post #7 of 11
I could give you some advice maybe if you were more specific about the type of problems you're having. I have one cook who's a compulsive/whatever it it is (can't think of the term just now). Has to have everything in it's exact place, etc. This is a plus most of the time, but it keeps him from reacting quickly if something goes wrong. For instance, someone forgot to order a pan fried walleye for an order that was about to go out. We had one almost ready for another order so I told him to use the one he had on and fire another one for the other order. He argued that he needed the done one for the following order. I finallly had to snap at him to get it through his head that any way he looked at it, he needed two walleyes and to stop arguing and just fire another one. That's my pet peeve lately. I tell them they're missing something or they have the wrong thing and they have to see the ticket to make sure I'm right about it before they react, which wastes time. Don't know if this is the kind of thing that happens to you, but if your chef tells you to do something, just do it without question. Only handle the number of tickets that you can. Someone else gave you that advice, and it's important. I've seen people try to work a whole board at a time and have nothing but a mess because they can't get the whole order together so they have parts of three or four orders up at a time, but not a complete one. That's just confusing for everyone. And remember, you only have two hands. You can only do what you can do and no one can change that. Nothing makes me madder than someone yelling at me to hurry up when I'm already doing all I can. My response to that is "Yeah, I'll get it as soon as I'm done with this hand of cards." Geez... I find I have a much smoother running kitchen when I calm the crew down in a rush. I wouldn't dream of hollering like they do on T.V. All that does is make everybody nervous and that's when accidents happen or food gets wrecked. If you can tell us more about specific problems you are having, people here can give you good advice for working through it as we've all been in your shoes at one time or another.
post #8 of 11
LOL @ the game of cards comment! I will have to remember that for when the servers are hounding us for their stuff and well... we can't send it out raw!

I agree with the only take on the number of tickets you can manage statement. The tickets aren't going anywhere if you take two minutes to clear what you're working on before you start on the next group of tickets. We have a 12 minute turnaround in our place that's chain standard so while we do have a window to get things out, it's easy to get overwhelmed by that, especially on certain stations. And add in a hard boiled 10 minute egg or a well done steak for a steak and eggs and well.. we're not going to make the fast chit times on those orders.

Staying calm is the way to go even when the sh!t is hitting the fan bigtime and you have orders coming out of every nook and cranny possible. Calm line cooks are the most productive line cooks and any good Chef knows that and strives for that in their kitchen.

Hang in there and please keep us posted as to how you're doing.
OK ... where am I going?.. and WHY am I in this handbasket??
Reply
OK ... where am I going?.. and WHY am I in this handbasket??
Reply
post #9 of 11
Thread Starter 
Thanks for all the advice and it actually helped me quite a lot. Unfortunately I was fired after 3 1/2 weeks. I actually felt a tremendous amount of progress especially during my last week but I noticed I was doomed after 2nd week when my schedule was cut in half and I never really saw or heard from the chef again until he txtd me to let me know I was fired. He had explained me through text that he expected me to be further along and felt that I wouldn't be able to get the training or experience I needed unless I worked in a bigger kitchen. I was disappointed but also pissed off because he would tell me how he prefers people up front about stuff and then proceeded to fire me through text. Whatever I was glad to have had the experience since it was first non on-call job I've had in the 6 1/2 months I've been searching.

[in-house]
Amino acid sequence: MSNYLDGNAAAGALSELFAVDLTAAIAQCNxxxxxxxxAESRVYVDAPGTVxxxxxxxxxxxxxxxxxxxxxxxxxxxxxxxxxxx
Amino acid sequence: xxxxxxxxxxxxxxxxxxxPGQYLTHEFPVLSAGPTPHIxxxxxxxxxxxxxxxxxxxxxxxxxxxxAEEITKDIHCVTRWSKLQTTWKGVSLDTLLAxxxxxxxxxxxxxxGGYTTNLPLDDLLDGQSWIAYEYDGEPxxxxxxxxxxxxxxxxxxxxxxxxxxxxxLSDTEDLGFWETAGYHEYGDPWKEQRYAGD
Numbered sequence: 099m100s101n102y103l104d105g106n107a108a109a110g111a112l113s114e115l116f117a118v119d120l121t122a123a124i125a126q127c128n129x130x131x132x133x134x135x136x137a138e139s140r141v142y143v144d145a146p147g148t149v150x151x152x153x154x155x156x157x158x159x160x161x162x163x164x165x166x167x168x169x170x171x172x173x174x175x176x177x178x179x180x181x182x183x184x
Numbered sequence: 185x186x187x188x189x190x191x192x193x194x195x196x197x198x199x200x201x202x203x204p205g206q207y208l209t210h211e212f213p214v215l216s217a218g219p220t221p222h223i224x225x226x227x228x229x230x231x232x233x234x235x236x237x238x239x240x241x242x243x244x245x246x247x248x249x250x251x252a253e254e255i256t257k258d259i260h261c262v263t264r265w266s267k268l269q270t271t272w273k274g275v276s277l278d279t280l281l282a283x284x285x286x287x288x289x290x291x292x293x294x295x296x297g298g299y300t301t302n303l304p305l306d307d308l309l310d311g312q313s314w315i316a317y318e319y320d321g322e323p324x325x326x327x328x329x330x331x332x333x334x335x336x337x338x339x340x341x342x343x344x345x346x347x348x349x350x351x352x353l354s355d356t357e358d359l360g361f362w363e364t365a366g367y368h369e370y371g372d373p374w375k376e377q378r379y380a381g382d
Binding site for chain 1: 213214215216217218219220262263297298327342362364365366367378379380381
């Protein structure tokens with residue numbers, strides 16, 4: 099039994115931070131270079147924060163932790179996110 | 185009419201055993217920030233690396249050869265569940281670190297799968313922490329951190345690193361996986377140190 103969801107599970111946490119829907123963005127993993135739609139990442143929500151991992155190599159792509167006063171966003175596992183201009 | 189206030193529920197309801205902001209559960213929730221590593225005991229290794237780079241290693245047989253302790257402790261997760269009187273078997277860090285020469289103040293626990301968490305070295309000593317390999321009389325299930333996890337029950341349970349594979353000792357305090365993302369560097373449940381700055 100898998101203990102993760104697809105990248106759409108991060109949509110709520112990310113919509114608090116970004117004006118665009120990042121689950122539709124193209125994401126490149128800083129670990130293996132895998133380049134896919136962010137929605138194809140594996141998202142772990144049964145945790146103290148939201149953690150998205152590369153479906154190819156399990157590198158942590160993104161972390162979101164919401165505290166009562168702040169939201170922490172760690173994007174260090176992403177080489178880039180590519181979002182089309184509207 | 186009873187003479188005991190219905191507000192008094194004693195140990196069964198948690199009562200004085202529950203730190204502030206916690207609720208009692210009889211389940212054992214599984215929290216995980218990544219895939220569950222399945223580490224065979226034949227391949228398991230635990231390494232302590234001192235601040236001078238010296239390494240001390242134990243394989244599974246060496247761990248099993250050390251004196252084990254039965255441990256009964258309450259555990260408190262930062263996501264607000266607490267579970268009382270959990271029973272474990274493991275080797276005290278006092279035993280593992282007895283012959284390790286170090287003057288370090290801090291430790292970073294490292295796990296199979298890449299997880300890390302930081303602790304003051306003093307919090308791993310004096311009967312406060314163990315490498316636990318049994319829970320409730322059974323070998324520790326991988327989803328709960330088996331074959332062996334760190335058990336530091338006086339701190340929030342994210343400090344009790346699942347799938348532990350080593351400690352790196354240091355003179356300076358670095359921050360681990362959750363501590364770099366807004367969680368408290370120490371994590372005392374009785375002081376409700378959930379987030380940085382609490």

My main problems was managing orders and space in a rush. I would quickly get confused and slow down way too much. Like for example say I got 8 orders one check.. 4 protein with reduction sauces, 2 steaks and starch sides, and 2 vegetrian entrees followed by 4 checks with 2-4 orders. I had that happen to me a couple things were coming out as pretty as want them too the first time and the 2nd time I was too slow. Granted I was working a single 6 burner with 4 only working and a single oven with no broiler but I saw my chef deal with it pretty well. Do you guys have any general strategies when theres an unexpected rush and is there anything I could practice at home?
post #10 of 11
There's not much substitute for experience. Get a bit more time on the line and it'll come. Overall you're lucky to be out- anyone who'd fire you via text message isn't someone I could respect enough to work for.
"Excellence is an art won by training and habituation. We do not act rightly because we have virtue or excellence, but we rather have those because we have acted rightly. We are what we repeatedly do. Excellence, then, is not an act but a habit." - Aristotle
Reply
"Excellence is an art won by training and habituation. We do not act rightly because we have virtue or excellence, but we rather have those because we have acted rightly. We are what we repeatedly do. Excellence, then, is not an act but a habit." - Aristotle
Reply
post #11 of 11
Chalk it up to experience. IMO you already took the first big step and that's using your noodle. Thinking about how you need to improve and being aware of the fact that you need to gain experience is a big first step.
I will echo what Phaedrus said. Letting some one go by text is lame.
I think the most wonderful thing in the world is another chef. I'm always excited about learning new things about food.
Paul Prudhomme
Reply
I think the most wonderful thing in the world is another chef. I'm always excited about learning new things about food.
Paul Prudhomme
Reply
New Posts  All Forums:Forum Nav:
  Return Home
  Back to Forum: Professional Chefs
ChefTalk.com › ChefTalk Cooking Forums › Professional Food Service › Professional Chefs › Need Advice on First Line Cook job